Almost three years ago, on July 18, 2011, I was finally launching this website after two months spent meticulously editing and customising the CSS of a very old WordPress theme — “Futurosity Magazine” — of which I was very fond nonetheless. Two months is a long time but: a) I wasn’t working on this 24/7, and b) I knew very little CSS, so there was a lot of learning by trial and error.
From July 2011 up to now, the visuals of the site have changed little. There have been many refinements over time (I updated my logo, changed the contents of a few sections on the main page, slightly altered the column width in the site’s grid system, changed webfonts and improved the overall legibility, and many other little things) but nothing really drastic.
A few days ago I was trying to make yet another small refinement without immediate success. So, after taking a long, critical look at what had become the website’s stylesheet after three years of tweaking, I just got annoyed and expressed my frustration to my wife. She suggested what I was already thinking about: start anew with a better, more up-to-date theme, something that already integrates features I’d like to add presently or in the future.
The search wasn’t long, as I had already bookmarked a possible list of alternatives. The final choice has been the High Art theme by Allan Cole at Theme Supply Co. I have made a few customisations, but very small, very light ones (mainly I retained the previous typography based on Charter and Clear Sans Screen). The simple truth is that this theme, for me, works pretty well out of the box.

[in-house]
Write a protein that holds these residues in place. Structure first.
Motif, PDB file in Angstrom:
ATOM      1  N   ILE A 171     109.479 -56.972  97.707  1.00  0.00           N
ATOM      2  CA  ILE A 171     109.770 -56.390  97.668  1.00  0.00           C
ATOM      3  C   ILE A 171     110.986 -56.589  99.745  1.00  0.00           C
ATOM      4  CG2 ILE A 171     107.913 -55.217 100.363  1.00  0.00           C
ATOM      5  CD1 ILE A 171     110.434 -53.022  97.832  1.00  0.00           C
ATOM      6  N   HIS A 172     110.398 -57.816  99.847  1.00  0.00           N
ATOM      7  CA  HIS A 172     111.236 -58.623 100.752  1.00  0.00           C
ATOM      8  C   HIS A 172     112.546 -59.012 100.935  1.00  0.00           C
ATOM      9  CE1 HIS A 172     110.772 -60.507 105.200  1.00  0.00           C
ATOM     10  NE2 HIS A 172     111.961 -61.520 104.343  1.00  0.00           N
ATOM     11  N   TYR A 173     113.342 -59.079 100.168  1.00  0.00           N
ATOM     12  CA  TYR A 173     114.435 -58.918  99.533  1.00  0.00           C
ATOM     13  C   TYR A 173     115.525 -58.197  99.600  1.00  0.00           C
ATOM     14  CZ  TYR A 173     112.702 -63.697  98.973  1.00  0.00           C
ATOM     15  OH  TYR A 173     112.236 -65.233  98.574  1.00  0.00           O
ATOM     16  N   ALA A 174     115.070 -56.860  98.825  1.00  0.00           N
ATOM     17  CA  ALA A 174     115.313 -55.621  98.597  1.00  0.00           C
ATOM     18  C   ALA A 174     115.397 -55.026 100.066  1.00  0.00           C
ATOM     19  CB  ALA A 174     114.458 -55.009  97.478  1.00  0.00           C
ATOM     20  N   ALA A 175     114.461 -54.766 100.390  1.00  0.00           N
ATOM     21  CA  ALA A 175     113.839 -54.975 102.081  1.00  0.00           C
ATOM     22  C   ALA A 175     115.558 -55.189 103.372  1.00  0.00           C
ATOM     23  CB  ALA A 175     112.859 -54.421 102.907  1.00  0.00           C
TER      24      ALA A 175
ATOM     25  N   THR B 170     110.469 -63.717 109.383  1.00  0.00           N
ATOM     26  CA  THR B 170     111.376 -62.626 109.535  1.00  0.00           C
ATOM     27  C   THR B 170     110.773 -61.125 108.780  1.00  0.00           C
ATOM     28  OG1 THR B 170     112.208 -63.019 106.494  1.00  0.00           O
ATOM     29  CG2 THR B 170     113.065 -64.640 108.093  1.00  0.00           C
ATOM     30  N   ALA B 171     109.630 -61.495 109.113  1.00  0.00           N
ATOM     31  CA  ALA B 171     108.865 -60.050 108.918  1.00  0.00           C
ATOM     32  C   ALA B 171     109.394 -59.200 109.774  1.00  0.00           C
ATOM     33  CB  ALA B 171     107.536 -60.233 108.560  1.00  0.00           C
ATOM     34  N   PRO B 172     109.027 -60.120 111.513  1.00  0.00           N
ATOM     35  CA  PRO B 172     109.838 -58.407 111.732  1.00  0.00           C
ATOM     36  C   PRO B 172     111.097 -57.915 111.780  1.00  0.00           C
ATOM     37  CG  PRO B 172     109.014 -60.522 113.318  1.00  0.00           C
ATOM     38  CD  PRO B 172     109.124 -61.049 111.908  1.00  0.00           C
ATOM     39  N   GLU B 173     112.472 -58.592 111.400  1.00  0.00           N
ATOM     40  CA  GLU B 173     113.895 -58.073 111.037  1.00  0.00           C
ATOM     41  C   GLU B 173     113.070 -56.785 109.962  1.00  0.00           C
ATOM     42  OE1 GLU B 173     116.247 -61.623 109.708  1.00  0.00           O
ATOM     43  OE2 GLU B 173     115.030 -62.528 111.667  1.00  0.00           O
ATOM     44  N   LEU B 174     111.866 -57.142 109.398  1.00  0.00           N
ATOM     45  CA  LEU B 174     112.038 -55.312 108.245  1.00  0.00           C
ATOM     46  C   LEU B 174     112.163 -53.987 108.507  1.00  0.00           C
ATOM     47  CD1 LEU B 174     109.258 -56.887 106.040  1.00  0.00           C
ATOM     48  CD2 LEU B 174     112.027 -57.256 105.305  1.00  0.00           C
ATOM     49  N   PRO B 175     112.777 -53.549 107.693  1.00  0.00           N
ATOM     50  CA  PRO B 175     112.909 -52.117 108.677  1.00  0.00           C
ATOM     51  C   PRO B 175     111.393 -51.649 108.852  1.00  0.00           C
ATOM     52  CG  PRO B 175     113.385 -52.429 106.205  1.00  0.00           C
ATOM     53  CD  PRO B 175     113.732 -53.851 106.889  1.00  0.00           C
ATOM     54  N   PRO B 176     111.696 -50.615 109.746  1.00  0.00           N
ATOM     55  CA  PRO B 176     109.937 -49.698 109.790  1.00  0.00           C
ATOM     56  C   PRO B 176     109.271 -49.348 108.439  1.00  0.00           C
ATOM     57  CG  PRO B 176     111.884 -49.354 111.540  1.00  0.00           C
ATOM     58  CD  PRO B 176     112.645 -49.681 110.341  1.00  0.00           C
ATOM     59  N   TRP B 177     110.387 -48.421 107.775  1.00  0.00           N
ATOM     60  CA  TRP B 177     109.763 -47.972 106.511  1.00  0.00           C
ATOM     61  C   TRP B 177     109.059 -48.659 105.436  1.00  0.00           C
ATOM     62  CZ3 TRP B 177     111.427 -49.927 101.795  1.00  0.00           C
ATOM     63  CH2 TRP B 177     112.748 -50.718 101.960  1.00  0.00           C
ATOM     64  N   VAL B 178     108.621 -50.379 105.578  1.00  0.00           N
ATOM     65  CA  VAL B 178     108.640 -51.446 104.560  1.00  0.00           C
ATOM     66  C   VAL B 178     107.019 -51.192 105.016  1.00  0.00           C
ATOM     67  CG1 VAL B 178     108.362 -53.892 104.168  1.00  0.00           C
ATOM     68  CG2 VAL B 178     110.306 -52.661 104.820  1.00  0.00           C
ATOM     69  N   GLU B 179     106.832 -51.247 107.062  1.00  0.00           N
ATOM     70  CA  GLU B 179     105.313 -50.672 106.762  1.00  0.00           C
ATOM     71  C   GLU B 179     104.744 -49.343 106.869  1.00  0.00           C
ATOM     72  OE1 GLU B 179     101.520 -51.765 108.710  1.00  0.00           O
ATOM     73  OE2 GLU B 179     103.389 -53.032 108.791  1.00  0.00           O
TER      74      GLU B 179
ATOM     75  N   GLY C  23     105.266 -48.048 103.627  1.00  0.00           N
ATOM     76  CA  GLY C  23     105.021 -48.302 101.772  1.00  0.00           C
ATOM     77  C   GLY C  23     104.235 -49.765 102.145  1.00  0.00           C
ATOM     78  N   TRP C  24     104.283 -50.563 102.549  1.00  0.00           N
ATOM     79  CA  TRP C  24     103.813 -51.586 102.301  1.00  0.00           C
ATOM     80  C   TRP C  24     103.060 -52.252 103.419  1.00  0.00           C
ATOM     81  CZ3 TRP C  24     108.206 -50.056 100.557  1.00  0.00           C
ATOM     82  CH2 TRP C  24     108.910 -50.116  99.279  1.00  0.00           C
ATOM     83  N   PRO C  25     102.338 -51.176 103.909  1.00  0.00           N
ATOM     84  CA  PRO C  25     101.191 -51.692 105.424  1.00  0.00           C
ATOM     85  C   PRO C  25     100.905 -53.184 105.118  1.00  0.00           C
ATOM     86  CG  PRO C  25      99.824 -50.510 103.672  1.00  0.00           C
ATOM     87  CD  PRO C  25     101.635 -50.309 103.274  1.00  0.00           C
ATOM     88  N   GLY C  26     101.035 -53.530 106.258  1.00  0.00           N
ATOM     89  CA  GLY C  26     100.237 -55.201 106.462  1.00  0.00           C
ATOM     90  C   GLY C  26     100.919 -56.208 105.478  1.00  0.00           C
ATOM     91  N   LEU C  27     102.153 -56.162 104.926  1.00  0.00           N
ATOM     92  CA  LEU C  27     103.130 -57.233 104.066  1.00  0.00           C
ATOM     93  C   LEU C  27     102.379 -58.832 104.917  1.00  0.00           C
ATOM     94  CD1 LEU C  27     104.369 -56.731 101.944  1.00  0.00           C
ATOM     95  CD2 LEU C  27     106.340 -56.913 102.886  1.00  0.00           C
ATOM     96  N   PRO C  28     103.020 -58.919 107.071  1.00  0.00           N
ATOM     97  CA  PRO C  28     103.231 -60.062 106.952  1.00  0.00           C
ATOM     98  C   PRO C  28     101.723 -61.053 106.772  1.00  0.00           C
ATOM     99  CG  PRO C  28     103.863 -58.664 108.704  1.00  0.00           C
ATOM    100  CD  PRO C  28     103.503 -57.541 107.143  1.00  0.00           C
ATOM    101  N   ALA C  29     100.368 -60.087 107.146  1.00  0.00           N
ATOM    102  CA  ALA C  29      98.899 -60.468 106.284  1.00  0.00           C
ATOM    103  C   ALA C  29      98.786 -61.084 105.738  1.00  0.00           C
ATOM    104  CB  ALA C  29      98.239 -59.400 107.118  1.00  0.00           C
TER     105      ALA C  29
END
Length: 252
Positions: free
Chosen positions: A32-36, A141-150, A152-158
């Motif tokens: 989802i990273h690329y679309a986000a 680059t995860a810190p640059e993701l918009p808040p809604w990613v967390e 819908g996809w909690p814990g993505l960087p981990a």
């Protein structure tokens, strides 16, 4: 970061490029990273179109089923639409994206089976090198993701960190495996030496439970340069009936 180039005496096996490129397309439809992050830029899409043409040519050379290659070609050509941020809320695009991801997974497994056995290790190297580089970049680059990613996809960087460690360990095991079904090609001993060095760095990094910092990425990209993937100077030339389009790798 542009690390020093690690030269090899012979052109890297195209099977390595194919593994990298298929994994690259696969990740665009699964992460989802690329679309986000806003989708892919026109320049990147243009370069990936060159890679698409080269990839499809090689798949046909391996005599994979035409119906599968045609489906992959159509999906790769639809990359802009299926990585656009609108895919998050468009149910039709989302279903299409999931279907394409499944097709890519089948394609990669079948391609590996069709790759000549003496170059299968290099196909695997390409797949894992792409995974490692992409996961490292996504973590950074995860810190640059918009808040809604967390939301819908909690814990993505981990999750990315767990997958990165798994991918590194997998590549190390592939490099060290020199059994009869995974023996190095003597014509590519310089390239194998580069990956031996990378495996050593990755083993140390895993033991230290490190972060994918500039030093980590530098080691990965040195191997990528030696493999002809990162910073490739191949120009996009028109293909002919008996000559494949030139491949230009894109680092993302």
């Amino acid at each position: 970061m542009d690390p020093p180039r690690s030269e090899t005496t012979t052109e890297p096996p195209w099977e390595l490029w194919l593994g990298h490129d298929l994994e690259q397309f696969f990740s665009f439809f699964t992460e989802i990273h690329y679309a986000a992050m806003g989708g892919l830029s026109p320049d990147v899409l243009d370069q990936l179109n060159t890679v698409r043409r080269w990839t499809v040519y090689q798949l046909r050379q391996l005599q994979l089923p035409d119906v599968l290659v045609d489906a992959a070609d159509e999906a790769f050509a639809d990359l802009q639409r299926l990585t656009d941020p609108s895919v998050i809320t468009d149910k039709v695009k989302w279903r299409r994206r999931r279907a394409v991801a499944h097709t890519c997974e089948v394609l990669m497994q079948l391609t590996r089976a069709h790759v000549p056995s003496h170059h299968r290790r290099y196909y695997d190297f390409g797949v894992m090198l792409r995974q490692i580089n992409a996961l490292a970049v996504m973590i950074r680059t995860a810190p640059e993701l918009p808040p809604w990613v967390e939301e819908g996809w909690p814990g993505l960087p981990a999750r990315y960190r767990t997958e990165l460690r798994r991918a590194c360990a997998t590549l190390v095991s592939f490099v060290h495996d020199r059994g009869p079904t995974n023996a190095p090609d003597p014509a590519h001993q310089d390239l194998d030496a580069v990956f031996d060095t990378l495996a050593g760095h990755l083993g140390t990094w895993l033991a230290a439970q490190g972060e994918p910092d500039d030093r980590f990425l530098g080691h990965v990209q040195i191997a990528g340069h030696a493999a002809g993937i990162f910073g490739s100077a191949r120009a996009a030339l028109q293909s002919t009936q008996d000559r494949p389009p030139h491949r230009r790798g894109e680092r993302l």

I generally despise website redesigns for redesign’s sake. I must say this change doesn’t come because I got tired of the old visuals, but because I was tired of having to open an editor and alter the CSS for every little detail I wanted to change, add, hide, move. The stylesheet was becoming a mess and I was starting to waste too much time on it.
What I’ve tried to achieve with this new look is a general visual simplicity, focussing on the readability of single posts (now the article body area is at least 100px wider), and trying to reduce the visual clutter a bit.
I apologise for taking the site down for 48 hours or so. There were elements I needed to place differently, and experiments with features and content organisation I wanted to carry out privately before bringing the site back online. Now things should work, but I’m still checking old articles to see if the old formatting plays nice with the new theme, especially for things like numbered and bulleted lists, footnotes, and image sizes. So if you see the RSS feed of Morrick.me updating in a seemingly random way, it’s because I’m refreshing past articles. Thanks for your patience and I hope you like the new look.